How do we even hope to have a functional government if senior party officials are already fantasising about hurting certain media houses, when bias is a cancer that is ravaging this beautiful profession?
The last time I checked, the man who is about to assume Lesotho’s premiership, Dr Mosisili, went all out during his 14-year tenure as prime minister between 1998 and 2012, to develop and transform Lesotho’s media, with the understanding that it was a partner in development.
It was during his time in office that the media in Lesotho enjoyed freedom of speech and reporting ‘Without Fear or Favour’, hence the Lesotho Times’ slogan.
It was during Dr Mosisili’s term that government opened the floodgates to the establishment of several newspapers and radio stations, all with the view that Lesotho is a democracy and that in any democratic dispensation, the media should be as free as possible to give the public information and allow people to make informed decisions affecting their lives.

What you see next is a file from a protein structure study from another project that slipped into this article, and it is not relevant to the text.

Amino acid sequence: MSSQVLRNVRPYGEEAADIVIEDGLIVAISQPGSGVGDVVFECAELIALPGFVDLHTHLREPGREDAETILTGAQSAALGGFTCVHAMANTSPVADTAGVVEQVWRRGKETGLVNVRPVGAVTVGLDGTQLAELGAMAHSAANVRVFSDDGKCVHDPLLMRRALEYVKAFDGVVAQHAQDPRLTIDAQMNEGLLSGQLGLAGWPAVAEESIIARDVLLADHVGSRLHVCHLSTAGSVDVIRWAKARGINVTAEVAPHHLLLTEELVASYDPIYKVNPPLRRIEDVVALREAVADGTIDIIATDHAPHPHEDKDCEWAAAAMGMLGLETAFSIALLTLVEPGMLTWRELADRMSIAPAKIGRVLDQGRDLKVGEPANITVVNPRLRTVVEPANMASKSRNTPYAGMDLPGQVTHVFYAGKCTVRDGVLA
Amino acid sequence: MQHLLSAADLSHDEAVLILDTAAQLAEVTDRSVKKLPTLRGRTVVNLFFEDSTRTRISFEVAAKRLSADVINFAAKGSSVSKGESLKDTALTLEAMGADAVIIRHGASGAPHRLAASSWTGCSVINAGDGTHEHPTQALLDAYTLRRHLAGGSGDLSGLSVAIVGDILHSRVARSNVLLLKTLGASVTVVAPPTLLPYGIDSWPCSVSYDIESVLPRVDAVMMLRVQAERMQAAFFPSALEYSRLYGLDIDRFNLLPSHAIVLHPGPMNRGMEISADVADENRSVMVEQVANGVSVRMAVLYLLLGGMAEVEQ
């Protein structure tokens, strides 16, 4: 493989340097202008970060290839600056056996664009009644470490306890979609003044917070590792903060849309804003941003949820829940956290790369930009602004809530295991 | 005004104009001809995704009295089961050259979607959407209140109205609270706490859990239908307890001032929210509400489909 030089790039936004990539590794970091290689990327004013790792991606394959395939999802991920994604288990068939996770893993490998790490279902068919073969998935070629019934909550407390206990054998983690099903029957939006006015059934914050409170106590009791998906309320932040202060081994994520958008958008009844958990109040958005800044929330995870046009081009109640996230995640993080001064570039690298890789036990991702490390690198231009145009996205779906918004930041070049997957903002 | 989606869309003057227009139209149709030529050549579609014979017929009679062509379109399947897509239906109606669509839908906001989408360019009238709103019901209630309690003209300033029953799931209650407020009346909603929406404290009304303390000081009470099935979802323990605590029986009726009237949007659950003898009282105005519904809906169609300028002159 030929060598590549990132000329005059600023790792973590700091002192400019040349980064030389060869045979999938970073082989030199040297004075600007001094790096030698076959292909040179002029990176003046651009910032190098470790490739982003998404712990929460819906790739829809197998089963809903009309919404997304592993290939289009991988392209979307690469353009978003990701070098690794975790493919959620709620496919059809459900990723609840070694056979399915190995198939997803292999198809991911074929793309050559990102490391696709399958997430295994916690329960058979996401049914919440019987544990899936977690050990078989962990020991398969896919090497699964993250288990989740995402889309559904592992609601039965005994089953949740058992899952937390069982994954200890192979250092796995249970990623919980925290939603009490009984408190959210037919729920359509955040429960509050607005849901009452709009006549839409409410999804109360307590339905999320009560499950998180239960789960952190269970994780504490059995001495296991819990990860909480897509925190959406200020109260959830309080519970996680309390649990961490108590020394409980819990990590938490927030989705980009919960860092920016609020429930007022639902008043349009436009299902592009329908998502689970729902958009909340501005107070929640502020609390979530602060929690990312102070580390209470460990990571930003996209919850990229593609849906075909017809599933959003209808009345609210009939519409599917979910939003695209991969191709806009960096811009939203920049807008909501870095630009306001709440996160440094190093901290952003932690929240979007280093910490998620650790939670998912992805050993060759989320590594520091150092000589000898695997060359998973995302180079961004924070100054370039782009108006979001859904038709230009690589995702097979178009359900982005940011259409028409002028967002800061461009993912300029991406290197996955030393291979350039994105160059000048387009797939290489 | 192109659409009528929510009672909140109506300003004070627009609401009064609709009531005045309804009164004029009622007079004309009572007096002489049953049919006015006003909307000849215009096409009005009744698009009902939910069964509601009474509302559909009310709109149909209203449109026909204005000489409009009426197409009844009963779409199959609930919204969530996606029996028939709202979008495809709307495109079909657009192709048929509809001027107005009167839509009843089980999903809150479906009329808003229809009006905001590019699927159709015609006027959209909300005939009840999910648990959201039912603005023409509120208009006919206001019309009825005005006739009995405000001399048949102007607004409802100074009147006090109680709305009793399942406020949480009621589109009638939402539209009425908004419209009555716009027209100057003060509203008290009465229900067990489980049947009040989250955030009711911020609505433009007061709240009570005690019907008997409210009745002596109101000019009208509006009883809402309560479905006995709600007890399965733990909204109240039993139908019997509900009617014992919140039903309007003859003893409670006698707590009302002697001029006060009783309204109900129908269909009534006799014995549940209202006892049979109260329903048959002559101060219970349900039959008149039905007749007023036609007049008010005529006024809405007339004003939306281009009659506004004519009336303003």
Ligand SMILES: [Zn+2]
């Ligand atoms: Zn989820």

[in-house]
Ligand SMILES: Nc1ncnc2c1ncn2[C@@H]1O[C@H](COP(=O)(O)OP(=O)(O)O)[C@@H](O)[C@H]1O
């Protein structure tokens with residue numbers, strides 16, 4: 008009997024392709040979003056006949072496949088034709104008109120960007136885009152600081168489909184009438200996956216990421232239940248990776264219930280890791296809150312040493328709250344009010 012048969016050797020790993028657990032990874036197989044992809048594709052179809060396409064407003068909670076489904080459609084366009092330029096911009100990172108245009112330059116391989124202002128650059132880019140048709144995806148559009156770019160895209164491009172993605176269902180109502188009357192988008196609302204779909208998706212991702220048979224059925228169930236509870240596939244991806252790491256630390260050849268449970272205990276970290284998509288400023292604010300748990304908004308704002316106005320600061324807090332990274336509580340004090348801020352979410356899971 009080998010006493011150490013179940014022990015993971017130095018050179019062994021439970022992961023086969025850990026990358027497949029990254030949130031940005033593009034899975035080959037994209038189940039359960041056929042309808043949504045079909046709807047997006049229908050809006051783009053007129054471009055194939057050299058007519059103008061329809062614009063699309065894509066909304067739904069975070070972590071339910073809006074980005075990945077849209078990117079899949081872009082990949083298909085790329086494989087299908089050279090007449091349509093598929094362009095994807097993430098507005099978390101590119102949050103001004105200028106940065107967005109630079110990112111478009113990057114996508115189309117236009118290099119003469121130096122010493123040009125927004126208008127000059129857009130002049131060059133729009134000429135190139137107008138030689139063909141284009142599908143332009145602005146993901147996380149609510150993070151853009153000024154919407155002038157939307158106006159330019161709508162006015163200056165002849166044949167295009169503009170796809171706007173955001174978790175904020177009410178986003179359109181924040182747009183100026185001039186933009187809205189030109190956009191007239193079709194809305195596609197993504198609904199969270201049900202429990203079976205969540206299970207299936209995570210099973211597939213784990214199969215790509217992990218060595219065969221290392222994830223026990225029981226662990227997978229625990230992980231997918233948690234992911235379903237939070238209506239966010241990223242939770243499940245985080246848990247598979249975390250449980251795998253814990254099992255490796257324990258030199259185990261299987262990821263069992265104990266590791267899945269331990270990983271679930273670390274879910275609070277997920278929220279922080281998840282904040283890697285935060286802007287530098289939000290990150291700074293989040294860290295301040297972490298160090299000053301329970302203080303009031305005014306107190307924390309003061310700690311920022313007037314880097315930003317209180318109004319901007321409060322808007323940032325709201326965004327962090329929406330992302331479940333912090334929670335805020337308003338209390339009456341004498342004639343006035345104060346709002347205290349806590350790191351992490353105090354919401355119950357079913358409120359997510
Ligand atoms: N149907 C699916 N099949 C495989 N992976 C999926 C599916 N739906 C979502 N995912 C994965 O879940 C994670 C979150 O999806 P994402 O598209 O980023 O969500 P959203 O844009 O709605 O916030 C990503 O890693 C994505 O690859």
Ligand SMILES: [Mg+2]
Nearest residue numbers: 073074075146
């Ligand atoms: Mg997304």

I therefore appeal to Dr Mosisili, knowing fully that he does not subscribe to the victimisation of the media, to ensure that we continue to function as freely as possible in the democratic dispensation that is Lesotho.
There is no denying that emotions are running high for those individuals who feel hard done by media reports, particularly those by media houses they perceive to be sleeping with the enemy.
However, this transitional phase should be seen as a beginning and a time for healing those old wounds.
A lot has happened and most of it led to the media being as fractured as it is today. But whatever happened does not give any politician the right to pinpoint certain media houses as culprits, while allowing others who have committed similar crimes to get away scot-free, simply because they advance a particular agenda.
The media is damaged enough as things stand and it is a pity that in today’s Lesotho, a media house’s relevance and worth are gauged by which political party it aligns itself with.